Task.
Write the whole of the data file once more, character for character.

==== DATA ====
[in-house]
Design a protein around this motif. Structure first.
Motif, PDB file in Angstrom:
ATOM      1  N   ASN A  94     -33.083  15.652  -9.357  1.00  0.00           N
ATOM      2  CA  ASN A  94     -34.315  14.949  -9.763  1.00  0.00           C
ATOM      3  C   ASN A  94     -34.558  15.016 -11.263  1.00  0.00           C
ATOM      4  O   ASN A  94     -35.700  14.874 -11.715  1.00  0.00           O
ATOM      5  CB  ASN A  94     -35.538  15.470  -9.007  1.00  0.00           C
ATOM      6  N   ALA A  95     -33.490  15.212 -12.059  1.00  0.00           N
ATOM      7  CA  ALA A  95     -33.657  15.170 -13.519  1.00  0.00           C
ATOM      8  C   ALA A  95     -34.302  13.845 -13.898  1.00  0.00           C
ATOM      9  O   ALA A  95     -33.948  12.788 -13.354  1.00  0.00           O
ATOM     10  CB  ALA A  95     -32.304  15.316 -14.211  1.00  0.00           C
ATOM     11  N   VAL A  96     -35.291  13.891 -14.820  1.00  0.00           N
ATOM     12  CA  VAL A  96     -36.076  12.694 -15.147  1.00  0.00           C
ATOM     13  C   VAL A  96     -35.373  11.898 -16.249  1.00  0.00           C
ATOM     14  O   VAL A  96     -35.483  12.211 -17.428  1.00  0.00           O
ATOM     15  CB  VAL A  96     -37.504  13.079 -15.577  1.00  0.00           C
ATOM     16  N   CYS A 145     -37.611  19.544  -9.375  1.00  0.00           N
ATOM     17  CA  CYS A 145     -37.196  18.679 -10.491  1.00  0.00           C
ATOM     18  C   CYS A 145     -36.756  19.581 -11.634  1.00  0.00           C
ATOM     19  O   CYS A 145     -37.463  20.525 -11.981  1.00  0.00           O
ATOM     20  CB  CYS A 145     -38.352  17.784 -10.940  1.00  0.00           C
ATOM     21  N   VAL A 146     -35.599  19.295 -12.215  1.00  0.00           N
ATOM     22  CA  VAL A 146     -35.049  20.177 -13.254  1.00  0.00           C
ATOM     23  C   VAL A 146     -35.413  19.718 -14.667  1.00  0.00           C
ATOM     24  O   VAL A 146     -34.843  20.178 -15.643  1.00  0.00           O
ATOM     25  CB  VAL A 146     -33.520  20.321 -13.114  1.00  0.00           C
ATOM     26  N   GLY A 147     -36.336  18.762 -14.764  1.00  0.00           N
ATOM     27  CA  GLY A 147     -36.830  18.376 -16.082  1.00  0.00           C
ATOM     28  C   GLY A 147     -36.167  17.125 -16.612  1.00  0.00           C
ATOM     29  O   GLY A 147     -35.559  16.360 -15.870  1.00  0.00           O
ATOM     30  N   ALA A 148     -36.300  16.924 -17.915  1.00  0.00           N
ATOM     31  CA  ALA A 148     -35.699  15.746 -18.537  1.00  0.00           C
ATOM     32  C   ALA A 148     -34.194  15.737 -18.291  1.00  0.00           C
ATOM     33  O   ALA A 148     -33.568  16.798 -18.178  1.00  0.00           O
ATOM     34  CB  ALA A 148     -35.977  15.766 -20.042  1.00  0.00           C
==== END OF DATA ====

[in-house]
Design a protein around this motif. Structure first.
Motif, PDB file in Angstrom:
ATOM      1  N   ASN A  94     -33.083  15.652  -9.357  1.00  0.00           N
ATOM      2  CA  ASN A  94     -34.315  14.949  -9.763  1.00  0.00           C
ATOM      3  C   ASN A  94     -34.558  15.016 -11.263  1.00  0.00           C
ATOM      4  O   ASN A  94     -35.700  14.874 -11.715  1.00  0.00           O
ATOM      5  CB  ASN A  94     -35.538  15.470  -9.007  1.00  0.00           C
ATOM      6  N   ALA A  95     -33.490  15.212 -12.059  1.00  0.00           N
ATOM      7  CA  ALA A  95     -33.657  15.170 -13.519  1.00  0.00           C
ATOM      8  C   ALA A  95     -34.302  13.845 -13.898  1.00  0.00           C
ATOM      9  O   ALA A  95     -33.948  12.788 -13.354  1.00  0.00           O
ATOM     10  CB  ALA A  95     -32.304  15.316 -14.211  1.00  0.00           C
ATOM     11  N   VAL A  96     -35.291  13.891 -14.820  1.00  0.00           N
ATOM     12  CA  VAL A  96     -36.076  12.694 -15.147  1.00  0.00           C
ATOM     13  C   VAL A  96     -35.373  11.898 -16.249  1.00  0.00           C
ATOM     14  O   VAL A  96     -35.483  12.211 -17.428  1.00  0.00           O
ATOM     15  CB  VAL A  96     -37.504  13.079 -15.577  1.00  0.00           C
ATOM     16  N   CYS A 145     -37.611  19.544  -9.375  1.00  0.00           N
ATOM     17  CA  CYS A 145     -37.196  18.679 -10.491  1.00  0.00           C
ATOM     18  C   CYS A 145     -36.756  19.581 -11.634  1.00  0.00           C
ATOM     19  O   CYS A 145     -37.463  20.525 -11.981  1.00  0.00           O
ATOM     20  CB  CYS A 145     -38.352  17.784 -10.940  1.00  0.00           C
ATOM     21  N   VAL A 146     -35.599  19.295 -12.215  1.00  0.00           N
ATOM     22  CA  VAL A 146     -35.049  20.177 -13.254  1.00  0.00           C
ATOM     23  C   VAL A 146     -35.413  19.718 -14.667  1.00  0.00           C
ATOM     24  O   VAL A 146     -34.843  20.178 -15.643  1.00  0.00           O
ATOM     25  CB  VAL A 146     -33.520  20.321 -13.114  1.00  0.00           C
ATOM     26  N   GLY A 147     -36.336  18.762 -14.764  1.00  0.00           N
ATOM     27  CA  GLY A 147     -36.830  18.376 -16.082  1.00  0.00           C
ATOM     28  C   GLY A 147     -36.167  17.125 -16.612  1.00  0.00           C
ATOM     29  O   GLY A 147     -35.559  16.360 -15.870  1.00  0.00           O
ATOM     30  N   ALA A 148     -36.300  16.924 -17.915  1.00  0.00           N
ATOM     31  CA  ALA A 148     -35.699  15.746 -18.537  1.00  0.00           C
ATOM     32  C   ALA A 148     -34.194  15.737 -18.291  1.00  0.00           C
ATOM     33  O   ALA A 148     -33.568  16.798 -18.178  1.00  0.00           O
ATOM     34  CB  ALA A 148     -35.977  15.766 -20.042  1.00  0.00           C